The Gift of the Grab
So one can't live by guidebook alone. At some point, you're going to want a memento of your trip. Or better yet, turn any occasion into a "Wish you were here!" game. Printed in California with golden metallic touches, SUBJECT-OBJECT designed these cards to be mailed, framed, or gifted. Look forward to other kinds of editions at one of our partner stores, or visit the SUBJECT-OBJECT Objects store to get yours. Cards are 4x6 inches.
Icons of San Francisco
1. Mision de San Francisco de Asís; 2: Sequoia Redwood 3: Dutch Windmill; 4: Cable Car; 5: "Karl" the Fog; 6: deYoung Muesum; 7: Chinatown Gate; 8: St. Mary's Cathedral; 9: Sutro Tower; 10: Castro Theatre; 11: "Painted Lady" Victorian; 12: Lombard Street; 13: SF MOMA; 14: Federal Building; 15: Japantown Peace Plaza Pagoda; 16: Jewish Museum; 17: Classic Muni Streetcar; 18: City Hall; 19: Palace of Fine Arts; 20: Murals at the Edificio de Mujeres; 21: California Academy of Sciences; 22: Transamerica Pyramid; 23: Golden Gate Bridge; 24: Coit Tower; 25: BART; 26: Fiserman's Wharf; 27: Embarcadero Center; 28: Ferry Building; 29: Seals of the Bay Area; 30: Alcatraz
Bridges of the Bay Area
1: Old Eastern Span Oakland Bay Bridge (one year into being dismantled at time of print); 2: New Eastern Span Oakland Bay Bridge; 3: Western Span Bay Bridge; 4: Golden Gate Bridge
Hundred Year Old Ladies
While San Francisco hardly had the monopoly on Victorian architecture, it was primed to build at a boggling pace as the 1849 Gold Rush brought people and money to the "Wild West." After the 1906 earthquake, the momentum of the Industrial Revolution enabled craftsmen to produce with assembly line efficiency, tearing into the old-growth redwood forests that once filled the area. Equally fast were the changes in building fashions between the 1840's and early 1900's. There are a few liberties taken here, but it was not uncommon to find details of one style taken to new heights in the next. GOTHIC REVIVAL: 2. Pitched roofs; 18. leaded glass; and 7. rooftop finials. ITALIANATE: 3. Flat roof lines, often with 6. decorative brackets, occasionally 8. Mansard style; 11. wood imitating Italian stone country houses; 14. slanted bay windows; 13. tall, arched windows; 17. pediments over entry doors. STICK: Machinery allowed builders to turn out wooden pieces for all kinds of detailing like 4. dentil molding, 12. decorative framing strips, and 20. ornate spindle work. Also typical were 19. squared bays and a sense of verticality. QUEEN ANNE: Hit big around the 1880's, and expressed itself in complex variety, avoiding flat- or plain-ness. Common were: 1. Operable gable fronts; 9. turrets and towers; 10. stained glass double hung windows; 5. bands of detail; 15. ornamentation; and new, fanciful details like 16. fish-scale shingles.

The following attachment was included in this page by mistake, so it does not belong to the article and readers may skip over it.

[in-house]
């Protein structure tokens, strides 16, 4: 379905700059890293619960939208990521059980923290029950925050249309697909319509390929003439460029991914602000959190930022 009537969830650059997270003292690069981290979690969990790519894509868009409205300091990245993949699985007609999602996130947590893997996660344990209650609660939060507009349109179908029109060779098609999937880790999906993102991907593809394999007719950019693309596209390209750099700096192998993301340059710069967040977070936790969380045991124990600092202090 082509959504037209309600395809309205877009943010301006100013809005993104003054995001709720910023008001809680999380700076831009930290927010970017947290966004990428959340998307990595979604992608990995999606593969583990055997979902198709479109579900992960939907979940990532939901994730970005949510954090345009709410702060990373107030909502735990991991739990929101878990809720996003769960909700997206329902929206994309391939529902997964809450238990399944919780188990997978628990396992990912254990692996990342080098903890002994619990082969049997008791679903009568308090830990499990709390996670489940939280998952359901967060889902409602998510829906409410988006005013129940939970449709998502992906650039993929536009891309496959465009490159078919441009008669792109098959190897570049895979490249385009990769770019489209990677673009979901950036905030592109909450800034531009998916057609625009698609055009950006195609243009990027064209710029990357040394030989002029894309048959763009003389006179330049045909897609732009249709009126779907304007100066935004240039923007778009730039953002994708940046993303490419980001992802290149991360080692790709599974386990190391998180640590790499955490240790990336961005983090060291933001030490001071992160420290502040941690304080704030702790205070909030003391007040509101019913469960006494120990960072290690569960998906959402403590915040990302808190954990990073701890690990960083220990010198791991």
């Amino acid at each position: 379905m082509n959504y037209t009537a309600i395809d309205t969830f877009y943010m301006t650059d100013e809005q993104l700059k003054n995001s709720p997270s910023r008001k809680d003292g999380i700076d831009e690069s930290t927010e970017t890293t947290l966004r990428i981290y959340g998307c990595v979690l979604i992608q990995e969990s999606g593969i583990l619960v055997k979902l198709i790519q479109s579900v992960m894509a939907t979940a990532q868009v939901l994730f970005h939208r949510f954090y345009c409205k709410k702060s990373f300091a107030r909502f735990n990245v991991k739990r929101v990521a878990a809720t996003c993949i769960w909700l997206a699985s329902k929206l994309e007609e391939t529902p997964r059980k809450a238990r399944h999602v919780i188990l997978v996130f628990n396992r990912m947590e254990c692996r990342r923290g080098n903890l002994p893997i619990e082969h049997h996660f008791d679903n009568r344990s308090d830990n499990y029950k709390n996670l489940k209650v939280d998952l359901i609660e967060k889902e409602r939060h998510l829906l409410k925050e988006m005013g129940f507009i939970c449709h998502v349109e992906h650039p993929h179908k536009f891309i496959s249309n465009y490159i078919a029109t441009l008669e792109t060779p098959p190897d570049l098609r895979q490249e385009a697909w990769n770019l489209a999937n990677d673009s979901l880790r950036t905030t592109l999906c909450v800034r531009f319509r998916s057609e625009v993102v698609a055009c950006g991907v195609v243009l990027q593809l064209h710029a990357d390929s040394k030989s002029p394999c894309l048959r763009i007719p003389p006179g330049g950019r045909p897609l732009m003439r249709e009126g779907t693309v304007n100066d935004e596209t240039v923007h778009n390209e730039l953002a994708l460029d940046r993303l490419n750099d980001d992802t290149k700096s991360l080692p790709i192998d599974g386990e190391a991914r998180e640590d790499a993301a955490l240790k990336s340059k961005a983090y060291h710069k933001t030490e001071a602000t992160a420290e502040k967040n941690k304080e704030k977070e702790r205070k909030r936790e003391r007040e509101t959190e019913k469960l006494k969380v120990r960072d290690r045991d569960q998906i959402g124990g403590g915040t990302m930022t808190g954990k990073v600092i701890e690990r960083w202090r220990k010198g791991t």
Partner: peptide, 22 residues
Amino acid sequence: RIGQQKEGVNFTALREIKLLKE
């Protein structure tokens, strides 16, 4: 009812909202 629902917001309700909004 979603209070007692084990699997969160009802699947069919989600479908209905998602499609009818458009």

Summer by the Bay
Mark Twain apparently never said "...," well, you know. But he did work as a reporter in the city from 1864. The arm wrestling match between the chill of the Pacific Ocean and the heat of the East Bay does make for an interesting concept of summer in the region. Climate change aside, droughts be damned, you may find yourself in a frigid, misty haze in the middle of July. Watch (2) "Karl" the fog roll in dramatic fashion over the hills, wrapping inhabitants like (1) Sutro Tower with blanket efficiency.
All that Glitters Is, Well...
It's always more delightful to pick the cards up in person, but here's an idea of how they work.
Feel Like a Download?
Carry the city in your phone or other mobile devices. You won't get the shimmer, but you can play "Find that Building" if you're bored.